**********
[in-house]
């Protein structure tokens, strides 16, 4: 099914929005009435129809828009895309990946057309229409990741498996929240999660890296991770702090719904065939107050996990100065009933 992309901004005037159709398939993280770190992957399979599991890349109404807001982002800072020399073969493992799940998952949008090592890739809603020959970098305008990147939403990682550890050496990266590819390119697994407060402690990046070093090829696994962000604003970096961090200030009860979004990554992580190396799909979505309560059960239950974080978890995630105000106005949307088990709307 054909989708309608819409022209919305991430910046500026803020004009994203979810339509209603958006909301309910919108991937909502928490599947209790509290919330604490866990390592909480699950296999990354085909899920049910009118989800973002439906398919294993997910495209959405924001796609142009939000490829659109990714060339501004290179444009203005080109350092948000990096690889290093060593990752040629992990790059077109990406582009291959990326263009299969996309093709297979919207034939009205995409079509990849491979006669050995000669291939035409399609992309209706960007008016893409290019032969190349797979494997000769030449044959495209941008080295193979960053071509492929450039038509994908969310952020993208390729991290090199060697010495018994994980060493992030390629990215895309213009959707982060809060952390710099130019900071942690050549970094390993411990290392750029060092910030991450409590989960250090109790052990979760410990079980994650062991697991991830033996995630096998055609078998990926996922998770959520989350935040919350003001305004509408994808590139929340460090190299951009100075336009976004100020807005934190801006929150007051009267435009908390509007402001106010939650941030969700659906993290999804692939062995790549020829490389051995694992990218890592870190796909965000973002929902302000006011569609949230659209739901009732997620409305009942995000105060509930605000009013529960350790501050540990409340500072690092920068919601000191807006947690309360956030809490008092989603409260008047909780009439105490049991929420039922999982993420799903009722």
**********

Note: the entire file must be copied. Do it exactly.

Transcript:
[in-house]
């Protein structure tokens, strides 16, 4: 099914929005009435129809828009895309990946057309229409990741498996929240999660890296991770702090719904065939107050996990100065009933 992309901004005037159709398939993280770190992957399979599991890349109404807001982002800072020399073969493992799940998952949008090592890739809603020959970098305008990147939403990682550890050496990266590819390119697994407060402690990046070093090829696994962000604003970096961090200030009860979004990554992580190396799909979505309560059960239950974080978890995630105000106005949307088990709307 054909989708309608819409022209919305991430910046500026803020004009994203979810339509209603958006909301309910919108991937909502928490599947209790509290919330604490866990390592909480699950296999990354085909899920049910009118989800973002439906398919294993997910495209959405924001796609142009939000490829659109990714060339501004290179444009203005080109350092948000990096690889290093060593990752040629992990790059077109990406582009291959990326263009299969996309093709297979919207034939009205995409079509990849491979006669050995000669291939035409399609992309209706960007008016893409290019032969190349797979494997000769030449044959495209941008080295193979960053071509492929450039038509994908969310952020993208390729991290090199060697010495018994994980060493992030390629990215895309213009959707982060809060952390710099130019900071942690050549970094390993411990290392750029060092910030991450409590989960250090109790052990979760410990079980994650062991697991991830033996995630096998055609078998990926996922998770959520989350935040919350003001305004509408994808590139929340460090190299951009100075336009976004100020807005934190801006929150007051009267435009908390509007402001106010939650941030969700659906993290999804692939062995790549020829490389051995694992990218890592870190796909965000973002929902302000006011569609949230659209739901009732997620409305009942995000105060509930605000009013529960350790501050540990409340500072690092920068919601000191807006947690309360956030809490008092989603409260008047909780009439105490049991929420039922999982993420799903009722």